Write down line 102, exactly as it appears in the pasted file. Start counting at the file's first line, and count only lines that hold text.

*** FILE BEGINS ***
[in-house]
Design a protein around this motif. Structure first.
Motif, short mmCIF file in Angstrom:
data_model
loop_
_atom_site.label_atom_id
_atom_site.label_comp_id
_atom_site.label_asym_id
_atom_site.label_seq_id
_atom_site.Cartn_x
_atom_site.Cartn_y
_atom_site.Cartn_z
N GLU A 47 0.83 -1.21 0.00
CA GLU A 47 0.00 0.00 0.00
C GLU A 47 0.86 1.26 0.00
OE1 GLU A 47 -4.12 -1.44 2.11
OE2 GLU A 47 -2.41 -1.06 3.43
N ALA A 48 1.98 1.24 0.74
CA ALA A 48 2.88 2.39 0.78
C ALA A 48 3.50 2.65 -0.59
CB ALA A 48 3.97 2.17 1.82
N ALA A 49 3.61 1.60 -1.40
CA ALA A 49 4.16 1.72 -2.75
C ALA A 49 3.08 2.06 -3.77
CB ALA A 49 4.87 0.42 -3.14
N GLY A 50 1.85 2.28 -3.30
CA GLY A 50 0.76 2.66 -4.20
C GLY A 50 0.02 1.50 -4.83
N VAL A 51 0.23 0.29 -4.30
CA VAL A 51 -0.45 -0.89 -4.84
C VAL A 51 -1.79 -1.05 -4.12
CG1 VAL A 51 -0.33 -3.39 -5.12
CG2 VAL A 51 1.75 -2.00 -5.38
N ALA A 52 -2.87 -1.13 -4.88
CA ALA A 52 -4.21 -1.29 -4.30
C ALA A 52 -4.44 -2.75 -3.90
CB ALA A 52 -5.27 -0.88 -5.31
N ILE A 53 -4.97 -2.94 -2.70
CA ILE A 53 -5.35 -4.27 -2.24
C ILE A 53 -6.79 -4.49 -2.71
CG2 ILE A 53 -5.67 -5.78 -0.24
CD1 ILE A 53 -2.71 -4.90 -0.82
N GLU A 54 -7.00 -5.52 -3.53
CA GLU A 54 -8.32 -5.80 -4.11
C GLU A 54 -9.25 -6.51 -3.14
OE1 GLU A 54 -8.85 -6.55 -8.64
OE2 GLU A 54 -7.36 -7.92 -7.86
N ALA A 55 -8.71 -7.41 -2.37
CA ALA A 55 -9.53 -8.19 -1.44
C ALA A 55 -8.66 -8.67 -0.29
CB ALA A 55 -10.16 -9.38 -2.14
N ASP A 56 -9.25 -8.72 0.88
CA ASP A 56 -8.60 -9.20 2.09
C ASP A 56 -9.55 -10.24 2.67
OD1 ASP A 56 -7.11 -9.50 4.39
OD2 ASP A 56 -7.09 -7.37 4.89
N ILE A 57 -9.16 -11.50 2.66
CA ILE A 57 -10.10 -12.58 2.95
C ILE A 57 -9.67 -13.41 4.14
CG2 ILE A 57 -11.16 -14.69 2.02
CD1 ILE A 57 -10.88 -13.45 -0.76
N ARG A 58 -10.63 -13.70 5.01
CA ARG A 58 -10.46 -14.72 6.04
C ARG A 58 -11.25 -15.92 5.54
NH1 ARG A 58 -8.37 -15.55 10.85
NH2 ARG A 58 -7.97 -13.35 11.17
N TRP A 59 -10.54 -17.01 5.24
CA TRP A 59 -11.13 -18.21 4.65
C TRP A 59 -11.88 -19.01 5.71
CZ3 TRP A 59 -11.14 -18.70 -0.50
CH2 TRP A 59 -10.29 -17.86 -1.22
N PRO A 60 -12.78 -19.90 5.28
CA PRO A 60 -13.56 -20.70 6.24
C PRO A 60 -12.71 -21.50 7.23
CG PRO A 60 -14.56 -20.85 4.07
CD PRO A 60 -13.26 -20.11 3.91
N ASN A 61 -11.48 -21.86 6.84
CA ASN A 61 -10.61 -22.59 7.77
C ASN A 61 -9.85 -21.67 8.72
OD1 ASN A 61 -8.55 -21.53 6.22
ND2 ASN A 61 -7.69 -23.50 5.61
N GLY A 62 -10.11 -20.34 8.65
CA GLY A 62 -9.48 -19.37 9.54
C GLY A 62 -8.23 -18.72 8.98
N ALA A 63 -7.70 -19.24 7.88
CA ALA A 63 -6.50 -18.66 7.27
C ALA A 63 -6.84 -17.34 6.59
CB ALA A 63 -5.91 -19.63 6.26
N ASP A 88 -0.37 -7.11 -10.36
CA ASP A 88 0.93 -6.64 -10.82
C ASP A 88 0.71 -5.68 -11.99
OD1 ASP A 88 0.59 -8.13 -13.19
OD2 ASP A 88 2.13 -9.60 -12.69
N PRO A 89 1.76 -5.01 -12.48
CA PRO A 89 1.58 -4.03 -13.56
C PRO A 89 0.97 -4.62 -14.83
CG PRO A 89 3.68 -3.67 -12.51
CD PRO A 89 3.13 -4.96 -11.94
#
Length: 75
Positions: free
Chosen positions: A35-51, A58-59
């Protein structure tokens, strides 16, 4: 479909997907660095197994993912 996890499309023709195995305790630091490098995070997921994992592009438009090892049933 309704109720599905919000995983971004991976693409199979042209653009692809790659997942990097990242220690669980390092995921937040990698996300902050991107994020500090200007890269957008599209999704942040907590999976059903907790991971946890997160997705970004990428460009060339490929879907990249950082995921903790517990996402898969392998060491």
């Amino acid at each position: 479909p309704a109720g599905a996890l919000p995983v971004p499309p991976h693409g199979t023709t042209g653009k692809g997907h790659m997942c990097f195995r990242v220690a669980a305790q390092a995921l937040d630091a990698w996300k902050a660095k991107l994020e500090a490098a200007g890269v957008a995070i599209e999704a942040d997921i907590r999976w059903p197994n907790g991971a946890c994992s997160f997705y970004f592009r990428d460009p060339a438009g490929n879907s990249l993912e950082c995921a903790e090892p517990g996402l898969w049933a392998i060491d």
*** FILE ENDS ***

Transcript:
Chosen positions: A35-51, A58-59